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Book Reviews   |    
Pretty Dead: A Jack McMorrow Mystery
Reviewed by Jackie Goldstein, Ph.D.
Psychiatric Services 2004; doi: 10.1176/appi.ps.55.12.1449
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by Gerry Boyle; New York, Prime Crime, 2003, 336 pages, $23.95

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Former newspaperman and long-time Maine resident Gerry Boyle draws on his own experience in creating the setting and profession of New York Times stringer Jack McMorrow. McMorrow's profession, thanks to Boyle's imagination, has led him to accidental entanglement in cases involving mysterious disappearance, murder, and marijuana.

In Pretty Dead, the seventh in the series, McMorrow's live-in girlfriend, social worker Roxanne Masterson, investigates the case of a wealthy Boston couple suspected of abusing their five-year-old daughter. Roxanne must interview the parents; McMorrow goes along for the ride, and once again his "fun" begins. McMorrow's ingrained investigative nature is on the trail of a situation that goes beyond child abuse, as Boyle introduces one new tantalizing element after another yet always makes us wonder how these elements will surely be woven together into a unified story.

In a short preamble, a female is found buried in a small clearing hidden in the wilderness, and gender is all that we know of the apparent victim. In the first chapter, the first-person format is established as McMorrow learns about Roxanne's child abuse case. McMorrow ends the narrative of his latest adventure 325 pages later, when he's offered consolation that "the world is basically a good place…. It's just some people who aren't."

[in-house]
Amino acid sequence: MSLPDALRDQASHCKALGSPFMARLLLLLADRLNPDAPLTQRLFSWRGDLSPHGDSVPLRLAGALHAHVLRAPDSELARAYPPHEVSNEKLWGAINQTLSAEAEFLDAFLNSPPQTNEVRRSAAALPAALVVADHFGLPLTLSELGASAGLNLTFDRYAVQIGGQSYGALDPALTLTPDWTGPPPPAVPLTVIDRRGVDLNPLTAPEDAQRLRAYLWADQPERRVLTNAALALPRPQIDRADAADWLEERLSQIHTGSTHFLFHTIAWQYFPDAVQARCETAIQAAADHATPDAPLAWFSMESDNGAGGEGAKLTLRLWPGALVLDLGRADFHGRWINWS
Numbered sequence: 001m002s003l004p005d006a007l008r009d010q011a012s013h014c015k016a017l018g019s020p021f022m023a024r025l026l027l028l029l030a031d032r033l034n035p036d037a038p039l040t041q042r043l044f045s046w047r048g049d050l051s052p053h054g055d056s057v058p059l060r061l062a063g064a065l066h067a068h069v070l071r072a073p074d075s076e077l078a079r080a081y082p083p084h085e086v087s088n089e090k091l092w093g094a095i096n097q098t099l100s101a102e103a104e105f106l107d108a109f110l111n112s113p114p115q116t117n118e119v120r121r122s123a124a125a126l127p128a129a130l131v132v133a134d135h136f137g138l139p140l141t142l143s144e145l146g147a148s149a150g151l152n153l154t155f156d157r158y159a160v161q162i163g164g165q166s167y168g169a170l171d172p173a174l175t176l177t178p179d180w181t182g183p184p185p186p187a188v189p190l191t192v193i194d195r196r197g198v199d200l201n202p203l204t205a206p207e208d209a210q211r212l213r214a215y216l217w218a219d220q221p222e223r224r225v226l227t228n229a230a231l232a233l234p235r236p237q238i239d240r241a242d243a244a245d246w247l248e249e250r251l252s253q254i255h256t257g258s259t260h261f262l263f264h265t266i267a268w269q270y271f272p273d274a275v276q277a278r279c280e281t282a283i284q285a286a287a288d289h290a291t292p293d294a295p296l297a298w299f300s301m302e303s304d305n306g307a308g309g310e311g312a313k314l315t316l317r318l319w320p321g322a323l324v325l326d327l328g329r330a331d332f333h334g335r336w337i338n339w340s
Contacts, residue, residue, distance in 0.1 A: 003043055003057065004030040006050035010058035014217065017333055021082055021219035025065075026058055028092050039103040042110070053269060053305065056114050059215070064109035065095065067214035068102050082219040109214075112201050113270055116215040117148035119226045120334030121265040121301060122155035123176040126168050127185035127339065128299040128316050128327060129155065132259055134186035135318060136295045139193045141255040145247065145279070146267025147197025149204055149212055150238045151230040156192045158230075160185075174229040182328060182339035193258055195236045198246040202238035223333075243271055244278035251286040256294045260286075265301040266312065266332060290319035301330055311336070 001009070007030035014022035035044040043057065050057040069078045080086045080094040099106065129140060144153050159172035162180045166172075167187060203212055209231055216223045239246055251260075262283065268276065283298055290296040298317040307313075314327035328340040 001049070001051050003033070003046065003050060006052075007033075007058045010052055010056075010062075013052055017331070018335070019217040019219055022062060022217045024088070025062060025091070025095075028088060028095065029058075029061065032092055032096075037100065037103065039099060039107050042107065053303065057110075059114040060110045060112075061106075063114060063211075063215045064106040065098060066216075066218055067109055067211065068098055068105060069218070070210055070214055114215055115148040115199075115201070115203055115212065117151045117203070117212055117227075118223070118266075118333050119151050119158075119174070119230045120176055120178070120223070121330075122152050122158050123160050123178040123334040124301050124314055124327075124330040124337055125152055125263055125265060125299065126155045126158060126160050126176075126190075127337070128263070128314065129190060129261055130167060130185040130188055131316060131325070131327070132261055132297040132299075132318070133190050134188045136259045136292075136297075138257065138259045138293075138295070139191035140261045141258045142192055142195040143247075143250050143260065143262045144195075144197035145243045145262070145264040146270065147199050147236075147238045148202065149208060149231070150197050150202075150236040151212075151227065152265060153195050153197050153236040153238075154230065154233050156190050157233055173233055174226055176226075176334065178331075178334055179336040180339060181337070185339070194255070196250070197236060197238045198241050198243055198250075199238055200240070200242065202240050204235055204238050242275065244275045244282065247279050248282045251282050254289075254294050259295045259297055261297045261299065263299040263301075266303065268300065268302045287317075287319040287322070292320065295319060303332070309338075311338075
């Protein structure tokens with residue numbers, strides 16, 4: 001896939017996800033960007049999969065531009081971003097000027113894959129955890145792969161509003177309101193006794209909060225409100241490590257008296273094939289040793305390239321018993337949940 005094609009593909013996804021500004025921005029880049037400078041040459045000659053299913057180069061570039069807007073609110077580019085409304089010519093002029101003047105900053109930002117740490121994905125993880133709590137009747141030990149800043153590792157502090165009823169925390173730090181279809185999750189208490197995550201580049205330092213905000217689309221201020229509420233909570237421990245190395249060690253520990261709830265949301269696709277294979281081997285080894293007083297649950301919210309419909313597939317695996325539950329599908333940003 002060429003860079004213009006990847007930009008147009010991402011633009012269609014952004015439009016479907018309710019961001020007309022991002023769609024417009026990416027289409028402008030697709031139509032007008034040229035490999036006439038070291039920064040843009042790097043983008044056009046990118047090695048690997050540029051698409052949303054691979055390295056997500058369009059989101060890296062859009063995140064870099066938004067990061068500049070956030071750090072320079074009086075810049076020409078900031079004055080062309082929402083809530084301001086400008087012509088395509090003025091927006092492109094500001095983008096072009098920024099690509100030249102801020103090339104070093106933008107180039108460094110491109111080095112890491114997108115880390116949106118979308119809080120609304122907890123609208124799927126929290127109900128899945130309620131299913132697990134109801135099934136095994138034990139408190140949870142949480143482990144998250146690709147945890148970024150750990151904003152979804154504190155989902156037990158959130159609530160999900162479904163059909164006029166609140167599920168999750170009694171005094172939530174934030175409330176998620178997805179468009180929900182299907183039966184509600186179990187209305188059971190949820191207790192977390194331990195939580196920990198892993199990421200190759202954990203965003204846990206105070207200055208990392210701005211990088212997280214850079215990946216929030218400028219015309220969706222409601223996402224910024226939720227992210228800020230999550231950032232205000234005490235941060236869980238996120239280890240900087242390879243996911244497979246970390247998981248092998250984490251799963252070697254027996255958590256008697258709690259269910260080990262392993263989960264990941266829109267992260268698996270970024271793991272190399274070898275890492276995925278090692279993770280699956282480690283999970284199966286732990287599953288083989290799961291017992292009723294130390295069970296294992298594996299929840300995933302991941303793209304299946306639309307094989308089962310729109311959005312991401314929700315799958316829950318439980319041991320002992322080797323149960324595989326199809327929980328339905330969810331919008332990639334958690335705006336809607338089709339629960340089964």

We don't have to read too far to discover the real story behind the child abuse. A quarter of the way into the book we learn the apparent identity of the murder victim introduced in the preamble. But before, during, and after the apparent resolution of those mysteries, through a maze of suicide, adultery, jealousy, and drug running (and that's only a sample), the author taunts us with the task of figuring out which characters in the world of Pretty Dead are basically good and which ones bad.

If moral and legal infractions aren't enough, psychological complications also play a major role in the story. They drive the behavior of a main character, and they appear in the dramatic climax—well, close to the climax—where we find that people aren't necessarily all good or all bad but perhaps capable of both in motives and behavior.

While the reader is trying to figure out who is good and who is bad, Jack and Roxanne are having a little problem with that themselves. They're drawn into a friendship with the charming accused couple but, from time to time, wonder about what seems too good to be true. Reading from the perspective of a psychologist, it's also hard not to wonder about the ethics of such a friendship. But Boyle is an adept storyteller, and I was glad he hadn't challenged my ethical restrictions too much. Although Boyle might not know as much about psychology as he does about Maine and reporting, he uses his knowledge well enough to create some interesting twists and a good weekend read.

Dr. Goldstein is professor in psychology at Samford University in Birmingham, Alabama.

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